Monday, April 06, 2020

All merged into one enormous rock

I have never asked a bookseller for a book recommendation. Disclosing desires and expectations to a stranger whose only connection to me is, in abstract, the book, seems too much like Catholic confession, if only a more intellectualized version of it. Dear bookseller, I would like to read a novel about the banal pursuit of carnal desire, which ultimately brings unhappiness to the ones who pursue it, and to everyone else around them. A novel about a couple trying to rid themselves of each other, and at the same time trying desperately to save the little tribe they have so carefully, lovingly, and painstakingly created. They are desperate and confused, dear bookseller; don't judge them. I need a novel about two people who simply stop understanding each other, because they have chosen to not understand each other anymore. There should be a man who knows how to untangle his woman's hair but who decides not to one morning, perhaps because now other women's hair has become interesting, perhaps because he has simply grown tired. There should be a woman who leaves, withdrawing either slowly or in a single sad and elegant coup de dés. A novel about a woman who leaves before she loses something, like the woman in Nathalie Léger's novel I'm reading, or like Sontag in her twenties. A woman who begins to fall in love with strangers, possibly only because they are strangers. There is a couple who loses the ability to laugh together. A man and a woman who sometimes hate each other, and will, if they are not stopped short by a better part of themselves, block out the last ray of innocence left in the other. A novel with a couple whose only engaging conversations are about revisiting past misunderstandings, layers and layers of them, all merged into one enormous rock. Dear bookseller, do you know the myth of Sisyphus? Do you have any version of it? An antidote? A piece of advice? A spare bed?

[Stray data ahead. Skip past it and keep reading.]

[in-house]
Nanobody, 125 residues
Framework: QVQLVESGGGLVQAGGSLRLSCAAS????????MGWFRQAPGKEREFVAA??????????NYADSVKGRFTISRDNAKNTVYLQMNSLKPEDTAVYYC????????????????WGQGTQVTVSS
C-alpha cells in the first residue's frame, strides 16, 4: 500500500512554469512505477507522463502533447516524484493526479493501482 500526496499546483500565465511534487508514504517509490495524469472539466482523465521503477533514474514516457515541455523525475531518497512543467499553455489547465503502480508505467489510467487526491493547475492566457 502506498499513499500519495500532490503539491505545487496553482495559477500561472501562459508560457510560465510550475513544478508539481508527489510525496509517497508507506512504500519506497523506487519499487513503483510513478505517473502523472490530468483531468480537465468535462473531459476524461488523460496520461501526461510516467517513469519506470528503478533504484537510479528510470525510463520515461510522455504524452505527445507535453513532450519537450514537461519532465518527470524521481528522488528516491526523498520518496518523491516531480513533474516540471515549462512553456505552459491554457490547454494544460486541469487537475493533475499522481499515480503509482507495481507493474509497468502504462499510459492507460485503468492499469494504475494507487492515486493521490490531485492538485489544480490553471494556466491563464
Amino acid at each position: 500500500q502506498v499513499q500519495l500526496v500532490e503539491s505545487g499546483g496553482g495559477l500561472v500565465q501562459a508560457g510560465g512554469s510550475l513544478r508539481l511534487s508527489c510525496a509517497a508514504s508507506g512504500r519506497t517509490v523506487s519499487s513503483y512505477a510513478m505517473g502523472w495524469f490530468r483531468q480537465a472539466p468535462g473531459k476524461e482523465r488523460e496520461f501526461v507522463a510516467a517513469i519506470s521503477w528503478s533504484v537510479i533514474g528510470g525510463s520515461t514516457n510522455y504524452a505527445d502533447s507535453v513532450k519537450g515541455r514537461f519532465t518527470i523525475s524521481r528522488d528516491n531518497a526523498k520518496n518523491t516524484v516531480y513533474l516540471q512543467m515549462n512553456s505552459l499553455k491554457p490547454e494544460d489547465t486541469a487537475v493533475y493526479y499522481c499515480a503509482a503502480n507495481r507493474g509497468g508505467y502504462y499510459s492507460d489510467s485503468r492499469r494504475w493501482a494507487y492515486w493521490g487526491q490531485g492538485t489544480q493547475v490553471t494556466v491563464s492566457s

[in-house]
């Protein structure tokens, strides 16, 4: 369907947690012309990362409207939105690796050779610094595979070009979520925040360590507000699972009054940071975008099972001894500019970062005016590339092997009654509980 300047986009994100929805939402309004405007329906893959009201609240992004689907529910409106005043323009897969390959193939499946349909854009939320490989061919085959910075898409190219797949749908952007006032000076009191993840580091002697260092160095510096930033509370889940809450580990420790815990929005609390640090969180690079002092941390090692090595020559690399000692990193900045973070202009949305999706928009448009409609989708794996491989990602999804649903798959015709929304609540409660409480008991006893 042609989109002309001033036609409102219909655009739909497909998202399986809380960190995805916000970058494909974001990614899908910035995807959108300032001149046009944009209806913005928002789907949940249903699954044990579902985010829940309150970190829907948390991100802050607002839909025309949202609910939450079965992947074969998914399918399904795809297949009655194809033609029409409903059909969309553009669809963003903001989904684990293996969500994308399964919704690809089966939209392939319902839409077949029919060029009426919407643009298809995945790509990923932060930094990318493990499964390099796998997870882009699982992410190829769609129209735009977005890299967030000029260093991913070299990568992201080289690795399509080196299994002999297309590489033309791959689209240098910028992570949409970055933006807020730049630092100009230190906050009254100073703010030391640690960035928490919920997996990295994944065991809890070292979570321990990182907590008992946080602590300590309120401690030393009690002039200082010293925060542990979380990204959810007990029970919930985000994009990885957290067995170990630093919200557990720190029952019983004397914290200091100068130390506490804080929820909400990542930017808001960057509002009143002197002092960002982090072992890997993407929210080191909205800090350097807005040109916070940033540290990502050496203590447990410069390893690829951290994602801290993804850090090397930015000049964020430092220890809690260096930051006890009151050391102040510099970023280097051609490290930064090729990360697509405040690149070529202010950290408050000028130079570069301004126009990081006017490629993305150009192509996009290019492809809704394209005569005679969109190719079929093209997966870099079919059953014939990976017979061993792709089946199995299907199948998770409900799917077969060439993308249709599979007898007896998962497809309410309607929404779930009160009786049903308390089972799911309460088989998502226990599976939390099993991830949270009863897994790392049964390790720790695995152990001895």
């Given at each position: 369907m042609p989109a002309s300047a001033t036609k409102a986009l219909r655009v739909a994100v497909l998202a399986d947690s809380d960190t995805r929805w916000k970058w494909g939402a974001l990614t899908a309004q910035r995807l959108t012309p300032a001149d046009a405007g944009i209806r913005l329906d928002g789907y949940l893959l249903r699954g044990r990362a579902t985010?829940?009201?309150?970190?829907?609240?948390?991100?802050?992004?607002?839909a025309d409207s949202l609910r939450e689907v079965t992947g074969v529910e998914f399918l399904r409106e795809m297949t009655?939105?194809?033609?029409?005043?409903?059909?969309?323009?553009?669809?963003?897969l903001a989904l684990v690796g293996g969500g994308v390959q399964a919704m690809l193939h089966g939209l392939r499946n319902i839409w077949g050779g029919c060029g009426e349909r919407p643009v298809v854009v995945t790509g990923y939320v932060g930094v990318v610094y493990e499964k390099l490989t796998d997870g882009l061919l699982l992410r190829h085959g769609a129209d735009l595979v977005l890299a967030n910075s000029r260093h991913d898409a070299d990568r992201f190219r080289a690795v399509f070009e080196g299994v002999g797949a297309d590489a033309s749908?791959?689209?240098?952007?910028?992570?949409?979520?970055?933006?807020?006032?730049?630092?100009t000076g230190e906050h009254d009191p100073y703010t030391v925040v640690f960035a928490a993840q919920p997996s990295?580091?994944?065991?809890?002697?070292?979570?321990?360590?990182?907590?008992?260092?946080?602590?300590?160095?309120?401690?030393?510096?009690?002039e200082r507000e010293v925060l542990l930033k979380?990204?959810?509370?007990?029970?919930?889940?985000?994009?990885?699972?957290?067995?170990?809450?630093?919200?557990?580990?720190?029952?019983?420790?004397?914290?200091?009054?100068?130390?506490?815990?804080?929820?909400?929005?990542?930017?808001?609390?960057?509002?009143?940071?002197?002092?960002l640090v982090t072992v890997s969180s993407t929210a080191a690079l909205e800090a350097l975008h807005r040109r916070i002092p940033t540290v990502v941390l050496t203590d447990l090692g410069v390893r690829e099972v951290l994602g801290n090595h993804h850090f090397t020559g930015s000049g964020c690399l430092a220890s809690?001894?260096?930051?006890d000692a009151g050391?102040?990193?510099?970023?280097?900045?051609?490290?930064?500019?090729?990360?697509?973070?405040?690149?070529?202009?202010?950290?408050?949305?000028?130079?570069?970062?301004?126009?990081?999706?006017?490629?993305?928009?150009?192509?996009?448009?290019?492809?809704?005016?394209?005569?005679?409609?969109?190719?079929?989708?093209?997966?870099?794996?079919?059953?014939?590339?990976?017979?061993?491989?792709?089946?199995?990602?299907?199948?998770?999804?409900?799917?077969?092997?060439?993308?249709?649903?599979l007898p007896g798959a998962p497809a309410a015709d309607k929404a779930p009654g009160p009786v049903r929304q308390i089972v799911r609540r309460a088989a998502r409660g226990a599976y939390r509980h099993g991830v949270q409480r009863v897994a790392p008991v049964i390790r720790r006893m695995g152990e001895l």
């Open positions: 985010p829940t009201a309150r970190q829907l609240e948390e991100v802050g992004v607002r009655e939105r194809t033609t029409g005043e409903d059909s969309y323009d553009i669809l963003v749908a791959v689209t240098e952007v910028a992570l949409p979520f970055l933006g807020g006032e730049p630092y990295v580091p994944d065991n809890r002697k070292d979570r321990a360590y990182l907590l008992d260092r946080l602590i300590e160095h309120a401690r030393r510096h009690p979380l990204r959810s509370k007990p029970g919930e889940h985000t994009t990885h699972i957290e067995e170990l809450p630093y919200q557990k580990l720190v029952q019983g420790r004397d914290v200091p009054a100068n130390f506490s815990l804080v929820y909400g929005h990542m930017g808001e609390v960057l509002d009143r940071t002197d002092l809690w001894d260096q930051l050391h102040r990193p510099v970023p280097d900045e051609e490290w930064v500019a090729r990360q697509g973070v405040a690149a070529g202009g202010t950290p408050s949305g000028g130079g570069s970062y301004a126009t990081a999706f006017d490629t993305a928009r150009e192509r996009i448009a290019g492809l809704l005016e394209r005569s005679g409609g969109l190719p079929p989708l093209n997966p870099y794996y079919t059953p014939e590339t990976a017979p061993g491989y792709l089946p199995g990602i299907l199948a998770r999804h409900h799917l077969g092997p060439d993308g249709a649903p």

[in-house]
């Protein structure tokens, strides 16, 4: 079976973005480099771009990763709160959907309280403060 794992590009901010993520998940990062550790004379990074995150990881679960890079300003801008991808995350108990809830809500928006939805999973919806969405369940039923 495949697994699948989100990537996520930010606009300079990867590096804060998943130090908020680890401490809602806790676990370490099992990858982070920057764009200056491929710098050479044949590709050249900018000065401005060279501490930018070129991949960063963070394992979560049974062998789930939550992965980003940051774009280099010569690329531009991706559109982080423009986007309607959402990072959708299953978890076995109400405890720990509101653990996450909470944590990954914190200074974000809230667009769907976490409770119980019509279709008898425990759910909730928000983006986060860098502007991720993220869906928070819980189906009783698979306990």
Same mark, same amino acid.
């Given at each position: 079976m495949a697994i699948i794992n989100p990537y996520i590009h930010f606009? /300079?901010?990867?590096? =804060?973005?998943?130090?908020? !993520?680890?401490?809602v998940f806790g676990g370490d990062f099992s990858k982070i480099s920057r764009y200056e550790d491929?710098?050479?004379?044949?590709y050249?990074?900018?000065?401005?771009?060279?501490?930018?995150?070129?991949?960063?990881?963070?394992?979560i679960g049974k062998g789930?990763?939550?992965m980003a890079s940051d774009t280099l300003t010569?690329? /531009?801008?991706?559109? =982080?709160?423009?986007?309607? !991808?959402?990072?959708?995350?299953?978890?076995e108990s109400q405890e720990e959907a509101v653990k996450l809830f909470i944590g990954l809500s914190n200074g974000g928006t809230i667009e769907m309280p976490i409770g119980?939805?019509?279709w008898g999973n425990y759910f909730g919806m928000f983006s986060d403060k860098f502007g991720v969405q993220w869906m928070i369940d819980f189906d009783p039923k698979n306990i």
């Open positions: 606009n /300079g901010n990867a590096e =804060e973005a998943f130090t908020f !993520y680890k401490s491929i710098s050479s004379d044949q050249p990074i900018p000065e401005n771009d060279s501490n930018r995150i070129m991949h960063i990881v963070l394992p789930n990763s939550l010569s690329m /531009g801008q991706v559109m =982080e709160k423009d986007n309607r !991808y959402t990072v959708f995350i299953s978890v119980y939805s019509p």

— from Lost Children Archives, by Valeria Luiselli.

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